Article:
The Witch, 2015.
Written and Directed by Robert Eggers.
Starring Anya Taylor-Joy, Ralph Ineson, Kate Dickie, Harvey Scrimshaw, Ellie Grainger, Lucas Dawson and Julian Richings.
A family in 1630’s New England is torn apart by the forces of witchcraft, black magic and possession.
In the forest, no-one can hear you scream. Except for the horrid witches lurking in amongst the darkened trees and muddy terrain as they wait patiently before pouncing on you in the most unsuspecting ways. Witches, whether flying broomsticks in Oz, hiding in plain sight on the hunt for smelly children or the more vile incarnations, have frightened many for generations, but none have managed to capture their true, unyielding terror than in writer – director Robert Eggers’ debut The Witch (or The VVitch as it’s known), this year’s most unforgettable horror film.
To say The Witch will stay with you long after the final credits have rolled away and the last cue of music has faded away is a serious understatement. It will be days, weeks, maybe even months before you shake this one from the recesses of your mind such is the terror that lurks within the 90-minutes of its unyielding power to torment and unease. Modern horror is at its apex in 21st century cinema, with all facets, stories and budgets catering for every taste but when one comes along with such potency, such unrelenting force that it stands out above all others. Riding a huge wave of acclaim and plaudits from last year’s Sundance Film Festival, we have had to wait a long time to fall under The Witch’s charm, but it was well worth it.
As with many witch stories, we head back to a time before time, namely the 1630’s and colonial New England. Expelled from their home after accusing their superiors of practising false faiths and beliefs in God, they retreat to a small farm aside a gloomy forest where they are soon faced with the disappearance of their baby Sam. A wolf is their first instinct but as father William (Ralph Ineson) begins to investigate it becomes clear that darker forces are at play here, pushing the family to the brink of destruction as their faith is tested to breaking point by supernatural forces, infighting and Black Philip (the less said, the better).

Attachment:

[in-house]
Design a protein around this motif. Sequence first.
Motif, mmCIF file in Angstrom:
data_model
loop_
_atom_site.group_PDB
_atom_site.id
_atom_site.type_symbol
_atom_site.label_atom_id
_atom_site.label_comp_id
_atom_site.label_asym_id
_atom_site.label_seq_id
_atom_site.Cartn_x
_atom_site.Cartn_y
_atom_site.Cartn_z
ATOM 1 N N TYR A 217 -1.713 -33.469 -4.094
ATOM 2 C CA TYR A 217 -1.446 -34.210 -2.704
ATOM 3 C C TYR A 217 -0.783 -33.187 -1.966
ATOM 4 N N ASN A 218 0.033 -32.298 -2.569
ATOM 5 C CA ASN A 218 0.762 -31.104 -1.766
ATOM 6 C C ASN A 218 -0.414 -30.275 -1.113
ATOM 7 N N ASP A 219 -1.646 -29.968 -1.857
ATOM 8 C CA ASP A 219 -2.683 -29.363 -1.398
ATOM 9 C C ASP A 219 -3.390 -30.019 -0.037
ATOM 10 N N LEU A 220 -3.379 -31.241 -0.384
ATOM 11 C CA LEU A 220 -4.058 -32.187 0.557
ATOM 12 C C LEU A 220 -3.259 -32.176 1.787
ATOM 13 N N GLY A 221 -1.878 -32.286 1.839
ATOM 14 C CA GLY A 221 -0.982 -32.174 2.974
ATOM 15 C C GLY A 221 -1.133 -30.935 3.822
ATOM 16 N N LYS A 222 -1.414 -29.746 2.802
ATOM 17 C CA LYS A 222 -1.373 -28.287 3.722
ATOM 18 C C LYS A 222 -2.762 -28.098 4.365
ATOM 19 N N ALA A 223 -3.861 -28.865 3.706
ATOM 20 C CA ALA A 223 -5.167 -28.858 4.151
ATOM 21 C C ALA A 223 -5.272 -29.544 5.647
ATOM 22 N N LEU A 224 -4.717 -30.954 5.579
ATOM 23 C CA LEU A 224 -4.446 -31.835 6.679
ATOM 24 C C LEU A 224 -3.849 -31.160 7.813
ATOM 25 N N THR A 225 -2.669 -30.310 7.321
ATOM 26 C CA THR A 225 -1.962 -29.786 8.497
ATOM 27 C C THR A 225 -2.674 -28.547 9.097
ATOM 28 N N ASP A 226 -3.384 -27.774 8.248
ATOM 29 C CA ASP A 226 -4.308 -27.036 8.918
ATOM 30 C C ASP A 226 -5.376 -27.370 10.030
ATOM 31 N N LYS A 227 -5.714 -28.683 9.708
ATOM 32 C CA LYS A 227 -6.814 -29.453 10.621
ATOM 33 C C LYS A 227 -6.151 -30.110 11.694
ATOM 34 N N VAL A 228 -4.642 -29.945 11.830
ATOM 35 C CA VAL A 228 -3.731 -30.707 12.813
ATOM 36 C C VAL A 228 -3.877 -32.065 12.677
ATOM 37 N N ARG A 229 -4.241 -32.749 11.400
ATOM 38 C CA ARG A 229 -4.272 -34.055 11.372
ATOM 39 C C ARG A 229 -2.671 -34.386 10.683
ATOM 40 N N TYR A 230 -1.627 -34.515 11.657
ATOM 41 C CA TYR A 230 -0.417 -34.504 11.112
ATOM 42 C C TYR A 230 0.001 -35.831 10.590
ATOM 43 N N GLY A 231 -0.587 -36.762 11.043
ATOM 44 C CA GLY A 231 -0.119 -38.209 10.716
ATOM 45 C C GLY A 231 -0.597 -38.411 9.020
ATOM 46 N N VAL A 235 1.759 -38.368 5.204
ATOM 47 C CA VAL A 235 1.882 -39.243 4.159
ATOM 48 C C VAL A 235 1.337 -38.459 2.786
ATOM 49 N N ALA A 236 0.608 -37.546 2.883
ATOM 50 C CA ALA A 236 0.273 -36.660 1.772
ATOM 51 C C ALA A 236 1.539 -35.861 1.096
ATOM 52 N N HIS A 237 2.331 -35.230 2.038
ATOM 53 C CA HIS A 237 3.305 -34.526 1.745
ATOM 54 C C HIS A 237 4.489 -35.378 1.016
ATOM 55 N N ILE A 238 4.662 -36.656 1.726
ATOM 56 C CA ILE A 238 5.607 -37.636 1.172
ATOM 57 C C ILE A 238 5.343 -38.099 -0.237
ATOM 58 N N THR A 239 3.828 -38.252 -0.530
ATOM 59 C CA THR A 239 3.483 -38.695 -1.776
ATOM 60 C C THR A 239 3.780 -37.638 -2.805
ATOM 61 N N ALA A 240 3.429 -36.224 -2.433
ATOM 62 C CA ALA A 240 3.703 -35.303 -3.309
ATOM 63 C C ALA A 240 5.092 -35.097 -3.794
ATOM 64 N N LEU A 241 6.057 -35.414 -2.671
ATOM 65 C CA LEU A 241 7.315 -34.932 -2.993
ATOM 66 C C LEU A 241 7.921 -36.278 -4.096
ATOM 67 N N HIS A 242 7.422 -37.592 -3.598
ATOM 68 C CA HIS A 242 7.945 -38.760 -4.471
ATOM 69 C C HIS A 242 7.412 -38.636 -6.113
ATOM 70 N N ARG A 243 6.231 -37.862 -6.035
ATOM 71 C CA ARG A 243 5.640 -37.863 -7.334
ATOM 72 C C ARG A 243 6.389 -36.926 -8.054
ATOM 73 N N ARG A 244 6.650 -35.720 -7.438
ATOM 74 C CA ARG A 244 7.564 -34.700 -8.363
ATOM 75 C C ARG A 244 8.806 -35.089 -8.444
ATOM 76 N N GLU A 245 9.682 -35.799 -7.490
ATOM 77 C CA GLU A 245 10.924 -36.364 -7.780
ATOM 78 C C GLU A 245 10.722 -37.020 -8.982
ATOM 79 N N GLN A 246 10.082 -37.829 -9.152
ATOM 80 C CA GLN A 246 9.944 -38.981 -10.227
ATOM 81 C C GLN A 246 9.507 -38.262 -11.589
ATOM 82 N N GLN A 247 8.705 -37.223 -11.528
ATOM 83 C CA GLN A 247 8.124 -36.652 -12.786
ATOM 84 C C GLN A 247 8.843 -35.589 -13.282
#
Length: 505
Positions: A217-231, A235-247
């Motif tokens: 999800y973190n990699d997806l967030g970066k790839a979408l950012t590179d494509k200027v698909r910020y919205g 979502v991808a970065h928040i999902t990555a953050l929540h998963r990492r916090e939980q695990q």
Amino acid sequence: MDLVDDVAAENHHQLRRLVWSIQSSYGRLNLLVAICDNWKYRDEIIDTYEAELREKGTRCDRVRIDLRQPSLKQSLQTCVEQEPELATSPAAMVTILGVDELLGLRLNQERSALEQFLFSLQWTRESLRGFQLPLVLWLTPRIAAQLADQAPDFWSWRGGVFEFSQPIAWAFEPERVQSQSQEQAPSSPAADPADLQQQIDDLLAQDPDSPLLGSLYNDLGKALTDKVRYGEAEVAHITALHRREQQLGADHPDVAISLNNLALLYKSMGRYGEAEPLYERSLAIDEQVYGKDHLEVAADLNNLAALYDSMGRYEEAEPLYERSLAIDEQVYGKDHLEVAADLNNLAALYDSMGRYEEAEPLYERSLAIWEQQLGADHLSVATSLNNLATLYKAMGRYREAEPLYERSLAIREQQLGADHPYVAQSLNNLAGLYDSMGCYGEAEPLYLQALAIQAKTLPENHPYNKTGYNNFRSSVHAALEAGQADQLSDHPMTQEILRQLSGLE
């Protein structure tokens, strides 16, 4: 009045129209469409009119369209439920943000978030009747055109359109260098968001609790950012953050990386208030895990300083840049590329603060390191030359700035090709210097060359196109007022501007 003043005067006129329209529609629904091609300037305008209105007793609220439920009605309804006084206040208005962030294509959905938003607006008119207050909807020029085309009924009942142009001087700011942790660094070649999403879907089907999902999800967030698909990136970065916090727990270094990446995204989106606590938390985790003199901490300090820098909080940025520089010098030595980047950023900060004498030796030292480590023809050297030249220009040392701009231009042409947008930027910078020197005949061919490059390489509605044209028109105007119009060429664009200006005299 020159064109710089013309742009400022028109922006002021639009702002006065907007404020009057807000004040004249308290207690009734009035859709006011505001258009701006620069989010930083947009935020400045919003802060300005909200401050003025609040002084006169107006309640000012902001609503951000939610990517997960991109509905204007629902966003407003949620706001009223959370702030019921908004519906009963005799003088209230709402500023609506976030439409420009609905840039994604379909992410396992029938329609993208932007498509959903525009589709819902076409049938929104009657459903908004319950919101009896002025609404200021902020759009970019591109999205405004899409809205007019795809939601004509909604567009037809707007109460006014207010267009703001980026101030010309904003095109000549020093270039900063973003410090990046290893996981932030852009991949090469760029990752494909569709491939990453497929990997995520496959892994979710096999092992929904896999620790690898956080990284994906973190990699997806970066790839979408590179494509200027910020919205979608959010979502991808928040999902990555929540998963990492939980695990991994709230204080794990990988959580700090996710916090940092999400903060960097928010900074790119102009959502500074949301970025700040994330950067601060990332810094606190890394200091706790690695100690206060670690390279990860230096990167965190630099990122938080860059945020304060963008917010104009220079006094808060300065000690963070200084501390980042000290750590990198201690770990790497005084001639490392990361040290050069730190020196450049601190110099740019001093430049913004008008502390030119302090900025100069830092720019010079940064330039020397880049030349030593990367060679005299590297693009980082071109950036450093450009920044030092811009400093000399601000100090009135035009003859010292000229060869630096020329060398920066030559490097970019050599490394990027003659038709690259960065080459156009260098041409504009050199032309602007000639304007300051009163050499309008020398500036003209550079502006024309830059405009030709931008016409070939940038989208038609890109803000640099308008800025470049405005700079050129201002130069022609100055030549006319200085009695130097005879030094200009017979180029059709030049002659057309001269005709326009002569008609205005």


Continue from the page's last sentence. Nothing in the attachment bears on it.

Eggers debut is meticulous in both its detail and its set-up. There are those blood-soaked moments for this looking for something a little gorier in their Saturday night horror, but it’s just part of a superb orchestrated piece of chilling cinema. More akin to some of cinema’s true terrors (The Exorcist, The Shining, Rosemary’s Baby), The Witch moves slowly through its quite taut runtime but never loses its power to get right under your skin. There is a wriggly, uneasy fear throughout the film that cranks slowly, smothering and strangling your senses as the young family begins to splinter and crack under their weight of the forces around them and the fear of their faith, their true calling, crumbling away as evil overpowers good.
Finding Anya Taylor-Joy only elevates the film further as the young actress dazzles as eldest daughter Thomasin, the story seen through her scared eyes as she desperately tries to keep her family from tearing itself apart through fear. Ineson and Kate Dickie too are superb throughout as the husband and wife clinging to hope, whilst the work of DoP Jarin Blaschke and musician Mark Korven are just part of the magnificent design of the film. If the events on screen don’t nestle under your skin and start crawling around, then Blaschke’s score and piercing sound design will do just that.
Forget any other horror film that has come before it (or indeed proceeds it) as The Witch has them all beat. Tense, thought-provoking, chilling, unequivocally scary with magnificent performances and atmosphere, Robert Eggers’ debut is a triumph on every level, easily the best horror film of the last 10 years and then some. A stunning, staggering achievement.
Flickering Myth Rating – Film: ★ ★ ★ ★ / Movie: ★ ★ ★ ★ ★
Scott J. Davis is a Senior Writer at Flickering Myth and co-host and editor of The Flickering Myth Review Podcast. Follow him on Twitter.